Jan Tyniec’s Photographs, 1997-99: Designs for the Sky by Robert Morgan, 1999

The tradition of the sublime in American art is well-known. It ranges from the Hudson Valley landscape painting to Abstract Expressionism, from Secessionist photography to color field painting, from Earth art to recent Postmodern architecture. The sublime in art suggests a grand vista — one that overwhelms the emotional structure of one’s perceptions. It suggests an experience that goes beyond what the mind can categorize, a heightened moment caught within a historical passage of time, saturated with a sense of the monumental.

The sublime holds a certain tension between beauty and terror, between the vastness of archetypal signs and the consciousness that encompasses them. It is a way of seeing that relates to the openness of space, a potential expansion of the senses that moves from the optic nerve to the unfettered spaces of the mind. The sublime emits a space-time conjugation of the mind’s eyesearching for solace within the reserves of nature, within the construction of “the natural” as an embedded effect of consciousness. In works of art, the sublime may express itself through language, through notation, or through the representation of visual signs.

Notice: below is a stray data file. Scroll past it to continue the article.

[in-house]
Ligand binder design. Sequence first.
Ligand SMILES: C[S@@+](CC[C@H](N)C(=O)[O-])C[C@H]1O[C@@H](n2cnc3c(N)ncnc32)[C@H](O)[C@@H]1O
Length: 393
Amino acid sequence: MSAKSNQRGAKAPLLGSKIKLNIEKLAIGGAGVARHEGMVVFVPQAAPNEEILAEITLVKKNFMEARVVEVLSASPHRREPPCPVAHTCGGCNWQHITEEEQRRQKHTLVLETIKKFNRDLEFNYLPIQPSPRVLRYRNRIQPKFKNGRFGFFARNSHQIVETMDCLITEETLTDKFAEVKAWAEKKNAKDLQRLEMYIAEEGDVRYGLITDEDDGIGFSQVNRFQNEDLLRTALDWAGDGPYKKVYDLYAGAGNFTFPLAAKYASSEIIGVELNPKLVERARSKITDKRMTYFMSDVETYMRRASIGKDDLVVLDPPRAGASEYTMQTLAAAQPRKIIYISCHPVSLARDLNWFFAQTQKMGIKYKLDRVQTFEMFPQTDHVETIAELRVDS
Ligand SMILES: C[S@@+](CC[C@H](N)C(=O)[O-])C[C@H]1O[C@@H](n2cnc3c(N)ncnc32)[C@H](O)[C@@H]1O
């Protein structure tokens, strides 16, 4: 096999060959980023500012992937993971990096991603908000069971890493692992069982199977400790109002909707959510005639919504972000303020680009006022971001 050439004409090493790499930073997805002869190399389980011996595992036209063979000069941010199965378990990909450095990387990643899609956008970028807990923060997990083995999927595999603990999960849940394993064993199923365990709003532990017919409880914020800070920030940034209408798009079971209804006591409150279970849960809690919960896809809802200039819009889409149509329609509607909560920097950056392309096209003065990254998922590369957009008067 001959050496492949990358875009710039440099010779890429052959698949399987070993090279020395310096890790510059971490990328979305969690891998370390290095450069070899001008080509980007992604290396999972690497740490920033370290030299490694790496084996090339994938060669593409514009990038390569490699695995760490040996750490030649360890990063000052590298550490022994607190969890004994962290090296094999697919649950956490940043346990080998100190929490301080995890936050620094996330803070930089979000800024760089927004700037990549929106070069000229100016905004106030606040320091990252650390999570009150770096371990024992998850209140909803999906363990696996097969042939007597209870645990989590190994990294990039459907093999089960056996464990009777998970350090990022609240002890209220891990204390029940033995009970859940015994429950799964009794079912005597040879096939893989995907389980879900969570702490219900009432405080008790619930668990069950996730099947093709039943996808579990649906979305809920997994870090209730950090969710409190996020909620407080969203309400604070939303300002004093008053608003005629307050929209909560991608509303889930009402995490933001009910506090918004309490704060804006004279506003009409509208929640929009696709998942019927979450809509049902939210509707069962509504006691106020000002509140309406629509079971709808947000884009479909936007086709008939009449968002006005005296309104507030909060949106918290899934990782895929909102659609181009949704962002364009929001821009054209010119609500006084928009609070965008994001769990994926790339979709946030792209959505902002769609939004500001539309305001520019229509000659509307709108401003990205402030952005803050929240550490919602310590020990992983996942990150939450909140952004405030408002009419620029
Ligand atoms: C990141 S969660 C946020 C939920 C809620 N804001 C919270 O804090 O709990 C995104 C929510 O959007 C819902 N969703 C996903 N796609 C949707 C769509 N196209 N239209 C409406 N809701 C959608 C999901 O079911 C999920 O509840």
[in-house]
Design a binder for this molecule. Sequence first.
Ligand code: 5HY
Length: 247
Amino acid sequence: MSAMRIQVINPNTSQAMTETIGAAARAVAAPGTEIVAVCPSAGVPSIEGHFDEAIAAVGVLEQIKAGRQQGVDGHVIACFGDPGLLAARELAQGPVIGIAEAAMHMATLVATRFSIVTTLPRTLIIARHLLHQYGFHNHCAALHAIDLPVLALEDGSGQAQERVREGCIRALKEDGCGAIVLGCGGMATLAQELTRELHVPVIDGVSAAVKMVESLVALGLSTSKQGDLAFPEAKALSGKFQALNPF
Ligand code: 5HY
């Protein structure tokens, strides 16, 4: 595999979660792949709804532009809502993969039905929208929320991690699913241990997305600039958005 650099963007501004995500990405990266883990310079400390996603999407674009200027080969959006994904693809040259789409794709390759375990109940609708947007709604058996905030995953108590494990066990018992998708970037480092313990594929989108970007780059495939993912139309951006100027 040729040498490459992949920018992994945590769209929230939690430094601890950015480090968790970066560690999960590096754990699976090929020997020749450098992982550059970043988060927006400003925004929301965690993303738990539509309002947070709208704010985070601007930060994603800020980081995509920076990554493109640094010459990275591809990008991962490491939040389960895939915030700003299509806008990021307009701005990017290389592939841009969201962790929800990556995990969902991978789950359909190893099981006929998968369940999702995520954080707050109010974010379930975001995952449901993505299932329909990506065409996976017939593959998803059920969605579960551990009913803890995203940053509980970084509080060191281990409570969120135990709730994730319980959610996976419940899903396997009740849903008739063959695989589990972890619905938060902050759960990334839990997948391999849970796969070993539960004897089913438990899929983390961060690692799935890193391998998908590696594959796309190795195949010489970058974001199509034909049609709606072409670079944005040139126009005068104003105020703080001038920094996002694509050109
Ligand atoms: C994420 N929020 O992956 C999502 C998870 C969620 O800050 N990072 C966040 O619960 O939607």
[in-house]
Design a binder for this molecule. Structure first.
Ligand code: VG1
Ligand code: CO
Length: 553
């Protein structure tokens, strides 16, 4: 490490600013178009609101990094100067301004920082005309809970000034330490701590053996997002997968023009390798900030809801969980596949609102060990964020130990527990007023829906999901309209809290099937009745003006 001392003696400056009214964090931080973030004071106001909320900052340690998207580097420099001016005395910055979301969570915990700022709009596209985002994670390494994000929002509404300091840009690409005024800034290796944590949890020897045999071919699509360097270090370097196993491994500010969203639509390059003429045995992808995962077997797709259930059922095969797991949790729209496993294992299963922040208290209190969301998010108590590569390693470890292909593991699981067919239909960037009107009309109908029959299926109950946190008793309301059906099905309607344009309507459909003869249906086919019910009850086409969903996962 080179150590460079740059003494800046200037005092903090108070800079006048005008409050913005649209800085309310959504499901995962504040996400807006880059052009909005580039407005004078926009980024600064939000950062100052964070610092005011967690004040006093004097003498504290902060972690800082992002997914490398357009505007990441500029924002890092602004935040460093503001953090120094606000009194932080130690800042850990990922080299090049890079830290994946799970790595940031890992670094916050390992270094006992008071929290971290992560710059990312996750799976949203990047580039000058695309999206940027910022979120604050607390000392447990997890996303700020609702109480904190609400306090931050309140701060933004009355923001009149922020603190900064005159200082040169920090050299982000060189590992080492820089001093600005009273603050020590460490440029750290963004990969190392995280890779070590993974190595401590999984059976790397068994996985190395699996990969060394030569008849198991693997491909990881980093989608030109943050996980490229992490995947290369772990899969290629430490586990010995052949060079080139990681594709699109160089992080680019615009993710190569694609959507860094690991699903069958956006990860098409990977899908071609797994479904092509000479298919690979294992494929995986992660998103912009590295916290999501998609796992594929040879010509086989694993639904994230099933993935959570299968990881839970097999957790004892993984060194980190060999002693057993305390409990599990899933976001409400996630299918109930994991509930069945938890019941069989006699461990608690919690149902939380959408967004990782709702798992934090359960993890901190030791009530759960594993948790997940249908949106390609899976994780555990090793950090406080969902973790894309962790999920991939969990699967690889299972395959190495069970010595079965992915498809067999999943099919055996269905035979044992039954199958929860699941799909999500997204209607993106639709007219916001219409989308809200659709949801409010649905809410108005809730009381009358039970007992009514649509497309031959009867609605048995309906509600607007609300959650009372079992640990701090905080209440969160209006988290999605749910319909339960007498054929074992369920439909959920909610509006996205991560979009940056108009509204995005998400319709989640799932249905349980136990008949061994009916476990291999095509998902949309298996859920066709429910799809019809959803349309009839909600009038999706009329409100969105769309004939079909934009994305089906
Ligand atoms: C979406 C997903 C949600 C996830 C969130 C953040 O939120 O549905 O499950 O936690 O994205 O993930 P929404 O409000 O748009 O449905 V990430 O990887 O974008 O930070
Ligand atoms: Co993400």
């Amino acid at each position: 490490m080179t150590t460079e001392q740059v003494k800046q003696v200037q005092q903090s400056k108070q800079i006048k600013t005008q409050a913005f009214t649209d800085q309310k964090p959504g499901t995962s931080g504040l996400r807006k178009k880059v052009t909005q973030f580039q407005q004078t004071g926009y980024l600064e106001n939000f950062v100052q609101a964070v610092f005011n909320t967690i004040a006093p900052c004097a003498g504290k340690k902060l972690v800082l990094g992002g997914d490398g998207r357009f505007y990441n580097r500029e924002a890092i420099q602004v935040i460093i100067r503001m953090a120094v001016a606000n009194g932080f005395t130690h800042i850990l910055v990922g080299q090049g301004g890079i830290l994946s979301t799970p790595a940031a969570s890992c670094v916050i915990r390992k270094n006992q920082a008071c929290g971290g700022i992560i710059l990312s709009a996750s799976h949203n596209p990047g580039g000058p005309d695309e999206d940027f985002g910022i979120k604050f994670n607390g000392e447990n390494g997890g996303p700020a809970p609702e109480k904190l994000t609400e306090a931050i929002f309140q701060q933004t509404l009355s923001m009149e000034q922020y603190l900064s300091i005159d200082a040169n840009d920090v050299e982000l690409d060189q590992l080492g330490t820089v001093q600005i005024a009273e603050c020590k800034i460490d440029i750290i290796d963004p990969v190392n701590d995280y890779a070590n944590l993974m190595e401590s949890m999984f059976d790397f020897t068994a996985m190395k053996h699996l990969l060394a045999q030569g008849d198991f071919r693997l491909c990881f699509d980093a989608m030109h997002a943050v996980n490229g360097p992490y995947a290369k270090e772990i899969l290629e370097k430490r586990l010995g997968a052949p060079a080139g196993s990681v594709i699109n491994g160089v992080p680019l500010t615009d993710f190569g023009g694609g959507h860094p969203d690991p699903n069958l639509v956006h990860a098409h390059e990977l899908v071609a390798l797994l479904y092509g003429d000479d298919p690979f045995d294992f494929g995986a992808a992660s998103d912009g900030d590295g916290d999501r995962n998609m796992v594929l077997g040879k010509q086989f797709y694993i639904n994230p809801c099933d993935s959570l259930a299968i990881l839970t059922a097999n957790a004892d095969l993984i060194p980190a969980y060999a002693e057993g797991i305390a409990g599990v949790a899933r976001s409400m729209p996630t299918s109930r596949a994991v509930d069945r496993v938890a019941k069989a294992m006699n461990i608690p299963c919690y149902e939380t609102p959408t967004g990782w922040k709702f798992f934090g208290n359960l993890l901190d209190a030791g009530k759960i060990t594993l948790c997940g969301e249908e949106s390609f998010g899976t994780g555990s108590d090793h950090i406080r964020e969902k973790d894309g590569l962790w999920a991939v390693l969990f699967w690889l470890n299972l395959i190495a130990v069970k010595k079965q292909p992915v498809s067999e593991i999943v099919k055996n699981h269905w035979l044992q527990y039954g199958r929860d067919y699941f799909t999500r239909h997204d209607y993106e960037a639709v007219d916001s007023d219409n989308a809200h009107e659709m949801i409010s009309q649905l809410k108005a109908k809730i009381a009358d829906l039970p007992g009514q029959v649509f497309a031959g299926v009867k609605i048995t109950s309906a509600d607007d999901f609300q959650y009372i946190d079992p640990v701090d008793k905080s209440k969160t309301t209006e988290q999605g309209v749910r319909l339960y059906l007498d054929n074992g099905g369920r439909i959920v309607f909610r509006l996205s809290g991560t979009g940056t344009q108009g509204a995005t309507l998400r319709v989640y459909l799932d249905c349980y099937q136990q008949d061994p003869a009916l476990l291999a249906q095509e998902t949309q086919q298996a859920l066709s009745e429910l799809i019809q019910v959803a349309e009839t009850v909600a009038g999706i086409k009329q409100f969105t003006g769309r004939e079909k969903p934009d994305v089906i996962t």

“Designs for the Sky” is a photographic suite of 24 prints composed by Jan Tyniec over a two-year period. Tyniec, who considers himself first a painter, transforms everyday reality into a magnified vision of the sublime. Having worked as an abstract painter for more than a decade, his photographs of skies retain a certain tension that is characteristic of his work in general. In contrast to the “Equivalent” series produced by Alfred Stieglitz at the outset of this century, Tyniec’s cloud formations are less about the symbolic aspects of feeling than about a certain strangeness. If anything, Tyniec’s clouds are possessed by a sense of disinterested longing.

There is a subtle form of alienation in these photographs that is different from previous expressions of romantic desire that employ the depiction of clouds and the monumental yet elusive openness of the sky. I would characterize Tyniec’s paintings from the early ’90s as coming from a “conceptual” position. They often incorporate two horizontal panels, one representing a map and the other a landscape. This approach gradually gave way to a more lyrical style of expression that eventually began to employ more systematically ordered arrangements of smaller panels. What the photographs achieve — specifically the clouds — is something both complementary and distinct from the paintings.

“Designs for the Sky” is not an arrogant statement about the control of nature or the irony of trying to impose a structure on nature from the outside. Rather the photographs reveal a vision of romantic desire within the concept of a design. In doing so, they subvert the traditional notion of the sublime yet, concurrently, make us aware of the artist’s investment in nature as a source of intuitive power. Put another way, Jan Tyniec offers a glimpse of the process that transforms his perception of nature into art. This is not a process of mimesis. It is a process of knowing the limits of one’s craft and of revealing the potential of one’s vision in order to make art.

Robert C. MorganĀ 
April 1999